The Bulldogs captain missed the side’s last-start win over the Raiders but centre Tim Lafai said the long turnaround would give both Morris and Graham every chance of taking the field.

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Saker keen to get Pattinson on the park

New Victoria coach David Saker feels James Pattinson has the potential to be one of the best bowlers in the world.


Pattinson was ruled out of Australia’s tour of the West Indies due to a hamstring injury, the latest in a long line of setbacks.

Since being sent home from the 2013 Ashes tour due to a stress fracture of the lower back, the paceman has played only one Test.

That was against South Africa in 2014, when he suffered another back injury.

Prior to that there were foot and side issues, meaning the 25-year-old has played only 13 Tests.

“James is a special sort of talent. We’ve got to try and get him on the park, not just for Victoria but Australia,” Saker said on Tuesday.

“If he gets on the park, he’s one of the best bowlers in the world.

“He’s had some injury dramas, most fast bowlers do.

“But we can sort that out. I’m really excited to be working with him again.”

Saker was an assistant coach at Victoria when Pattinson first showed how well he could swing the ball and bother batsmen.

The former England bowling coach is confident the 25-year-old has the mettle to return to his best.

“I’m sure fast bowlers do go through that (self-doubt),” Saker said.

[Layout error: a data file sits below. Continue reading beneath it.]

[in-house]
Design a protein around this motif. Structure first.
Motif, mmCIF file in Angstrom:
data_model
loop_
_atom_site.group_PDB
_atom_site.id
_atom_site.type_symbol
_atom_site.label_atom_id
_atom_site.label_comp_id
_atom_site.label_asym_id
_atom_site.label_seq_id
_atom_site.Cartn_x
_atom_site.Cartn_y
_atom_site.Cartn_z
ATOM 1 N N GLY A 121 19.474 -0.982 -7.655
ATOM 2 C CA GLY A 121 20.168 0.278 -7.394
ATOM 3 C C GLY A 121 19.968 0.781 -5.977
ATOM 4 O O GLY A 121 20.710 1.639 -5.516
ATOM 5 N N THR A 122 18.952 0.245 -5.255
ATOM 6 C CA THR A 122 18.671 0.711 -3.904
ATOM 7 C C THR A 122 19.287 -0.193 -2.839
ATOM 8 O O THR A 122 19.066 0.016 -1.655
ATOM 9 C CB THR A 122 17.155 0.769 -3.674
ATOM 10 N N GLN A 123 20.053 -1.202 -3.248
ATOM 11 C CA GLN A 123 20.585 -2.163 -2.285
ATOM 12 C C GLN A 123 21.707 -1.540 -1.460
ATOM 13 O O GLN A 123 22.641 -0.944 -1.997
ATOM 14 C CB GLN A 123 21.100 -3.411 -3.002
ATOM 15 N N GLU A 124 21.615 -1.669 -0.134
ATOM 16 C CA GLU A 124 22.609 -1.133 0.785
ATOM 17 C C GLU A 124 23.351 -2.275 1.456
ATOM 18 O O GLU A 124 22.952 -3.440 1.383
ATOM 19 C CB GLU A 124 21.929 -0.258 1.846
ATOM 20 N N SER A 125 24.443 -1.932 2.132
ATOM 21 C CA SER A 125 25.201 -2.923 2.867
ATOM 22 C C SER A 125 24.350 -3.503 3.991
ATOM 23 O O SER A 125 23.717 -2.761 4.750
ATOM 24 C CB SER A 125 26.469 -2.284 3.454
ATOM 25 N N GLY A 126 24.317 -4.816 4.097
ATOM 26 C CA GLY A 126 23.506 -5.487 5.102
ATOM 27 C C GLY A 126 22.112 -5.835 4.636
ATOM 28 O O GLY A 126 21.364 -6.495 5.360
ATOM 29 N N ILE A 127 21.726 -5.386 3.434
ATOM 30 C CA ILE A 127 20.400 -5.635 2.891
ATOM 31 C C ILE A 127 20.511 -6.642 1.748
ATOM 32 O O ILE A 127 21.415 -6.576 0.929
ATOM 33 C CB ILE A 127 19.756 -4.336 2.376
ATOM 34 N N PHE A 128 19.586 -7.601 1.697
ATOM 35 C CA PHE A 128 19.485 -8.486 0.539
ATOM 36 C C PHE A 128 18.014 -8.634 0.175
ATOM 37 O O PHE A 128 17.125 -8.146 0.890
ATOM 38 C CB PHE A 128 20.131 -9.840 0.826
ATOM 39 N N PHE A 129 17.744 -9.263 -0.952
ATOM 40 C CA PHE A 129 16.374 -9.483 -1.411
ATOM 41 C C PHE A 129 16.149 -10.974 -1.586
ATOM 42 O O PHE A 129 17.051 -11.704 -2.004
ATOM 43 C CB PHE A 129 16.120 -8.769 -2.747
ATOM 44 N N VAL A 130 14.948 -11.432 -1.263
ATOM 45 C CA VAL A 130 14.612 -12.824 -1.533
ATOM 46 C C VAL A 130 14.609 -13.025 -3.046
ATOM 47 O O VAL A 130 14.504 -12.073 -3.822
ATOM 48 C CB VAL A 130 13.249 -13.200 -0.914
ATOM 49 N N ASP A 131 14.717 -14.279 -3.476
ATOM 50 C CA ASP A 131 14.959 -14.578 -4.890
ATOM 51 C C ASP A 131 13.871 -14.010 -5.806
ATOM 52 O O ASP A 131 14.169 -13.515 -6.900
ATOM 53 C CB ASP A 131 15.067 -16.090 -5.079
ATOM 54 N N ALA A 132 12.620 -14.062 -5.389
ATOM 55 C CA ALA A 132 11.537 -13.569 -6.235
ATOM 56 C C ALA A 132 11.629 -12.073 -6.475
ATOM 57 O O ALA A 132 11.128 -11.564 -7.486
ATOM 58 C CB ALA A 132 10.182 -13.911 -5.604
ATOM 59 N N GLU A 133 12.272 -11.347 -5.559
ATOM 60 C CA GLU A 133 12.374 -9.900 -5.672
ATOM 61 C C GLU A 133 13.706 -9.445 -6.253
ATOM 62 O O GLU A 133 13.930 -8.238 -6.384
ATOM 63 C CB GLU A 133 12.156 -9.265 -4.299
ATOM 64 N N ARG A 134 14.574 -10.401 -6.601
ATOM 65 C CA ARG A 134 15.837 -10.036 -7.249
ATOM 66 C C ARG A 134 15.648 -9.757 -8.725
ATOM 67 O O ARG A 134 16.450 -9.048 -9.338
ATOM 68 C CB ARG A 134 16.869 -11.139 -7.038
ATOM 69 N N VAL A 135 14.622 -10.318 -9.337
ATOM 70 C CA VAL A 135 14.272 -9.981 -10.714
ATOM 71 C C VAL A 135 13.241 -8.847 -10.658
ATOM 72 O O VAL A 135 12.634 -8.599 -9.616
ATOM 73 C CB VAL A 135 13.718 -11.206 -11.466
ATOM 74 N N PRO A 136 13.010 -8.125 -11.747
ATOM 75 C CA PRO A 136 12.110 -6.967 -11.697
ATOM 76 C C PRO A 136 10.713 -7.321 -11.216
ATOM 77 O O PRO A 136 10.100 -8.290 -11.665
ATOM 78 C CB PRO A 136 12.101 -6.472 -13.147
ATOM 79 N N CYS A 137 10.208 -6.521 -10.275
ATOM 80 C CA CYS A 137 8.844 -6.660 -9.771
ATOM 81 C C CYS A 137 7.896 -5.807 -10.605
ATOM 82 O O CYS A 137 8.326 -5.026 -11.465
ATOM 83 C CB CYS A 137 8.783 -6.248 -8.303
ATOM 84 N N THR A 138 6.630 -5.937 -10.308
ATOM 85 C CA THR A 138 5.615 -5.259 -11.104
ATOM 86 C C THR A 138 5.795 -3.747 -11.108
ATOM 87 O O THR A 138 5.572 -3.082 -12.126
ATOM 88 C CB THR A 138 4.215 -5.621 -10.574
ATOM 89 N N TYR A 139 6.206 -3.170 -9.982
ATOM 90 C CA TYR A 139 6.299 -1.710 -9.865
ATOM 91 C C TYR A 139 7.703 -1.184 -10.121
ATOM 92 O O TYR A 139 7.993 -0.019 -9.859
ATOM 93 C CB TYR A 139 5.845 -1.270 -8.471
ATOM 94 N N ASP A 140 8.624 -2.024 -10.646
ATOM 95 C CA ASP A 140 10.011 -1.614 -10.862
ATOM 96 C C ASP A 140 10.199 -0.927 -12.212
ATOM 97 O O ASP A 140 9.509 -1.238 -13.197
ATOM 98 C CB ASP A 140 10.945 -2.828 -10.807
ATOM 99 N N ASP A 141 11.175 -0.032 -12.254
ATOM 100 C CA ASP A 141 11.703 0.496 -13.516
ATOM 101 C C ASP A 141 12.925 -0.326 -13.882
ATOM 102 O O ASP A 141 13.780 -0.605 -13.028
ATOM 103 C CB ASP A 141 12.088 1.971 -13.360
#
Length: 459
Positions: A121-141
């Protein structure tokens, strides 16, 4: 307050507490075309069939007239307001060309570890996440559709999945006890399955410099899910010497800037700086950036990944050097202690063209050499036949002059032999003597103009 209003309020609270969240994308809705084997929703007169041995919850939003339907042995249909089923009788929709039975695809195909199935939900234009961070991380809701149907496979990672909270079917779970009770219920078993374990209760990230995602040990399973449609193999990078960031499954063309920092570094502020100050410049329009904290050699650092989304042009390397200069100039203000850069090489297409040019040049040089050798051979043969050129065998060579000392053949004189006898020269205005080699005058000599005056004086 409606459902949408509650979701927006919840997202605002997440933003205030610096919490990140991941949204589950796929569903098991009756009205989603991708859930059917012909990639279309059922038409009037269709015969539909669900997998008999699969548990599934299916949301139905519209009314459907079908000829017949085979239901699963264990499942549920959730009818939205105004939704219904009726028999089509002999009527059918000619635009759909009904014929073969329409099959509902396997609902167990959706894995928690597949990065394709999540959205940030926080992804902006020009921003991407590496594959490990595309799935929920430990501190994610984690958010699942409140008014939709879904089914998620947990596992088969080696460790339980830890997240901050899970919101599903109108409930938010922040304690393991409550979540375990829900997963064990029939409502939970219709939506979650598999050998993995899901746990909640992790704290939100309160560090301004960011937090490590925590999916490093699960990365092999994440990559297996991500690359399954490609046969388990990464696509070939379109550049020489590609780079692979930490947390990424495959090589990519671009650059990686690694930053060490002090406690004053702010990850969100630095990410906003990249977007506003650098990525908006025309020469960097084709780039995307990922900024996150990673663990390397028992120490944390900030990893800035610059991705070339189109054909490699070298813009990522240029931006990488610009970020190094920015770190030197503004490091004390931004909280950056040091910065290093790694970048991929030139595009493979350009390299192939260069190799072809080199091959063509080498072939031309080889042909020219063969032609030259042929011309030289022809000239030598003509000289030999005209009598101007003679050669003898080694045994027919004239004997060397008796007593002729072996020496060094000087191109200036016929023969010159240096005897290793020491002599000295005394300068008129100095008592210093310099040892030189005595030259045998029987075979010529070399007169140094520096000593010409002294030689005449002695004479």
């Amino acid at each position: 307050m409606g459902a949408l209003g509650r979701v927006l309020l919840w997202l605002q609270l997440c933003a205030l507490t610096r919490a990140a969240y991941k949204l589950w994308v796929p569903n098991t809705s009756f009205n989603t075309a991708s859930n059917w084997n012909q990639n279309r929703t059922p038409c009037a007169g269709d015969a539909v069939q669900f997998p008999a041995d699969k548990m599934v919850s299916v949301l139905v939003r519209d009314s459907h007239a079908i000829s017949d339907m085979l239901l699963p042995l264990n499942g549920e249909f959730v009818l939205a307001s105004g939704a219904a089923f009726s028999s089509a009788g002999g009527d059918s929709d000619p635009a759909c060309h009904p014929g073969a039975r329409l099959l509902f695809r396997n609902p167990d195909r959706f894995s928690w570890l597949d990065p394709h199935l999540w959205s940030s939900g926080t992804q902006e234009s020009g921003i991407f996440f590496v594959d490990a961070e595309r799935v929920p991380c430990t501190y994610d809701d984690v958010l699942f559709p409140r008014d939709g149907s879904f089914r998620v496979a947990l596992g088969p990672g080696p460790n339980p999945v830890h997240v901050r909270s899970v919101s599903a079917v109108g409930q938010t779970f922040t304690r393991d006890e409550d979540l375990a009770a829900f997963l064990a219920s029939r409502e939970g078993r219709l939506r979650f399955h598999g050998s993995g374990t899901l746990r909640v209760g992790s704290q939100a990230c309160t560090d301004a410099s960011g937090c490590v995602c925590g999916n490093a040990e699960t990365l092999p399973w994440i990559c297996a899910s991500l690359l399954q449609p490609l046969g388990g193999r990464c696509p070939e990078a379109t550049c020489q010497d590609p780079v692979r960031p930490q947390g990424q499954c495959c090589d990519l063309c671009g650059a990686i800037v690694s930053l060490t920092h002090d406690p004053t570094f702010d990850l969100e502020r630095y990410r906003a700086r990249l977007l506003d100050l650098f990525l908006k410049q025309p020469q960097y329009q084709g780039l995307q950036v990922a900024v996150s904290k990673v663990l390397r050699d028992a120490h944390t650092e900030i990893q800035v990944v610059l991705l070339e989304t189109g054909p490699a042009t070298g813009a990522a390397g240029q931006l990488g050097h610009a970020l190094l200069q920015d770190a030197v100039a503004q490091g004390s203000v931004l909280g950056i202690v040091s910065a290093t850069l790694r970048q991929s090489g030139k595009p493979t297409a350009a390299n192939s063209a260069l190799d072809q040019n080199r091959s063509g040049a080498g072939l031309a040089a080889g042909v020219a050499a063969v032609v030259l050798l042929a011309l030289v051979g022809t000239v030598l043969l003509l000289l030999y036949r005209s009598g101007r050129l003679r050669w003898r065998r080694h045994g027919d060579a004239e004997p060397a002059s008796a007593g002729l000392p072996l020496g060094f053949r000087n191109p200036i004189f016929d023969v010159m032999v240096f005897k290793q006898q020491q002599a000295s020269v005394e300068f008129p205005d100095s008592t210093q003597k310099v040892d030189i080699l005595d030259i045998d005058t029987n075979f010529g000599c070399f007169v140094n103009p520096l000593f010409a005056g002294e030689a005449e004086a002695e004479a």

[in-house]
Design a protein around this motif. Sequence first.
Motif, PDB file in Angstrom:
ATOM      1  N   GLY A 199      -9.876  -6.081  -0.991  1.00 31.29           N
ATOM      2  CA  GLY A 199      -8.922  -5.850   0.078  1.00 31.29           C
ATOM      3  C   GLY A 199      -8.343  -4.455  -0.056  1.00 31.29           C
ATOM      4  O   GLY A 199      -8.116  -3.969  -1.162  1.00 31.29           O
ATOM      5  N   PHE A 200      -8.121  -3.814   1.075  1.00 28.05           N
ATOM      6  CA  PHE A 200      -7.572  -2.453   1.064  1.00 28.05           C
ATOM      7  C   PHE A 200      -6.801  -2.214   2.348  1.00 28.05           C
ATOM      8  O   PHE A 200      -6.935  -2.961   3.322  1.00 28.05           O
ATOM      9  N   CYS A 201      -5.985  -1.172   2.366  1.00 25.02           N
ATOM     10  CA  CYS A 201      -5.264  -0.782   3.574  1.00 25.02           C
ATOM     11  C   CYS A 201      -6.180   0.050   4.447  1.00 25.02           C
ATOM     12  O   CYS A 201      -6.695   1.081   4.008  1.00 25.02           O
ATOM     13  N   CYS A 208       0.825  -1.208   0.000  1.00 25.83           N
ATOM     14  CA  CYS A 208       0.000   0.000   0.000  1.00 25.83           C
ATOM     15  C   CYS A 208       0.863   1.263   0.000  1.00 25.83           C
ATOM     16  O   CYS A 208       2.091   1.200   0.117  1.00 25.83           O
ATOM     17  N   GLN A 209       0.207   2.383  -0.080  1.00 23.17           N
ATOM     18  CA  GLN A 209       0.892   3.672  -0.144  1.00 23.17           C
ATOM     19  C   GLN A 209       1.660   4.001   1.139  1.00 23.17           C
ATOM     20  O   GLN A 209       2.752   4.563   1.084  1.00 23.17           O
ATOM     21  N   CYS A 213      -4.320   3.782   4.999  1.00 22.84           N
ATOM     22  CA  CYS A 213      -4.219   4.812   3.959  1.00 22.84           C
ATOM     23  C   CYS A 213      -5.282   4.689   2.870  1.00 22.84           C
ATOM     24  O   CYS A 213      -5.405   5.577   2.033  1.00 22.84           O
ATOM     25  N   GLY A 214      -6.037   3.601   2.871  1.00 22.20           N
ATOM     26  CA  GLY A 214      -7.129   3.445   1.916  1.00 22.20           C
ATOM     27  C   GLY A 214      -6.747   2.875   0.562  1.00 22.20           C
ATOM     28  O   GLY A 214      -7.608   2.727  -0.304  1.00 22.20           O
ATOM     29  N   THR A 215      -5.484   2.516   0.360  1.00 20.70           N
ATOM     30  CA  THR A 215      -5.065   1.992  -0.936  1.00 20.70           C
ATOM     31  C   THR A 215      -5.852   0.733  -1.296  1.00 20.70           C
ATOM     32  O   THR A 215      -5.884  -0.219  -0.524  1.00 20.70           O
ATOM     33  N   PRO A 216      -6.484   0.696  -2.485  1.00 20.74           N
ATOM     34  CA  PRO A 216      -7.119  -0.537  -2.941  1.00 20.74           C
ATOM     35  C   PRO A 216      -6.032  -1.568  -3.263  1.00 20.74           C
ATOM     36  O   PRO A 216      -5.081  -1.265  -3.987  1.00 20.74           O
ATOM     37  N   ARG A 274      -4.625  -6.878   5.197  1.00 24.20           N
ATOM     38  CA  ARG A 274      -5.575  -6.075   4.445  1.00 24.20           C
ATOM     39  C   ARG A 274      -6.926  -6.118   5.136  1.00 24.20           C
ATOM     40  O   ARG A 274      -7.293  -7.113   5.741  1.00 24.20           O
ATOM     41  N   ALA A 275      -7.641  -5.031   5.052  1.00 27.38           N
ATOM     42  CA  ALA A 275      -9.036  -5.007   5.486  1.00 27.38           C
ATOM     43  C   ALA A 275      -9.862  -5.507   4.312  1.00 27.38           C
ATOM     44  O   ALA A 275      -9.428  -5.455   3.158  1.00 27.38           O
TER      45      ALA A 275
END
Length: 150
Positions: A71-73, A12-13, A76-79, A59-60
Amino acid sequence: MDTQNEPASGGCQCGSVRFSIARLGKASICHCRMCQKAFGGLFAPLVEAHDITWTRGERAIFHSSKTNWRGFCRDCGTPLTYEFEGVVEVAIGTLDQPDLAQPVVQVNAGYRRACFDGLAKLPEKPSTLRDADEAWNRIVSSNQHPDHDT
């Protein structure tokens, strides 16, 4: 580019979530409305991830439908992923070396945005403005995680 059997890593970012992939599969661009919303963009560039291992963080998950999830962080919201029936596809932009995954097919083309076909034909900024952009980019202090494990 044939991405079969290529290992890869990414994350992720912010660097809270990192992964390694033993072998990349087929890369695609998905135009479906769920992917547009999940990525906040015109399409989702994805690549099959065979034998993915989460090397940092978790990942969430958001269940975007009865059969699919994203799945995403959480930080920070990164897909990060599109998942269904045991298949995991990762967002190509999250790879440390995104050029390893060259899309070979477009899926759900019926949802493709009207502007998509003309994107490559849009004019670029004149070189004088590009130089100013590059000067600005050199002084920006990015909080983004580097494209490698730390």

“But if you know the character he is, he’ll just keep fighting and keep fighting.”

The Bushrangers may be reigning Sheffield Shield champions, but there’s plenty for Saker to work on.

Take for example the state’s one-day record.

In the past 16 seasons, Victoria have only once won the 50-over competition.

It’s something the 49-year-old, who carved out an impressive playing career with Victoria and Tasmania, is desperate to change.

“Our one-day cricket last year was quite disappointing,” Saker said.

“Quite a lot of our pre-season will be focused on Matador Cup.

“We have to perform better than we did last year and with the team we’ve got, we should be able to do that.”

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Disturbing mobile phone video shows IS militants torturing Syrian boy

NOTE: This video contains graphic testimony and scenes of torture.



The disturbing footage shows a blindfolded 14-year-old Ahmed beaten and electrocuted by IS militants, as he is hung by his wrists. 

Two masked militants interrogate and torture Ahmed as hangs from the ceiling. One man can be seen holding a knife and pistol, while the other carries an AK-47. 

The video was obtained by BBC journalist Quentin Sommerville. 

“When they electrocuted me, I used to scream calling for my mother,” Ahmed told the BBC, after fleeing to neighbouring Turkey. “But as soon as I did, [one of the torturers] used to up the voltage even more. ‘Don’t bring your mother in it,’ he used to say.”

“They pretend they’re religious, but they’re infidels. They used to smoke. They pretend to be enforcing the rules of Muslims, but they’re not. They hit and kill people”.

Ahmed, who sold bread for a living in the Syrian city of Raqqa, told the BBC he was tricked into placing a bag carrying a bomb near an IS meeting place. 

Though he was captured by the group and sentenced to death for his crime, the executioner released the boy out of pity. 

“It’s rare that I’m able to sleep,” Ahmed said. “When I first came to Turkey, I used to have nightmares all the time. I got some treatment. But I couldn’t sleep – I used to dream about it all the time.

“Whenever I closed my eyes, I used to have nightmares then stay up all night.”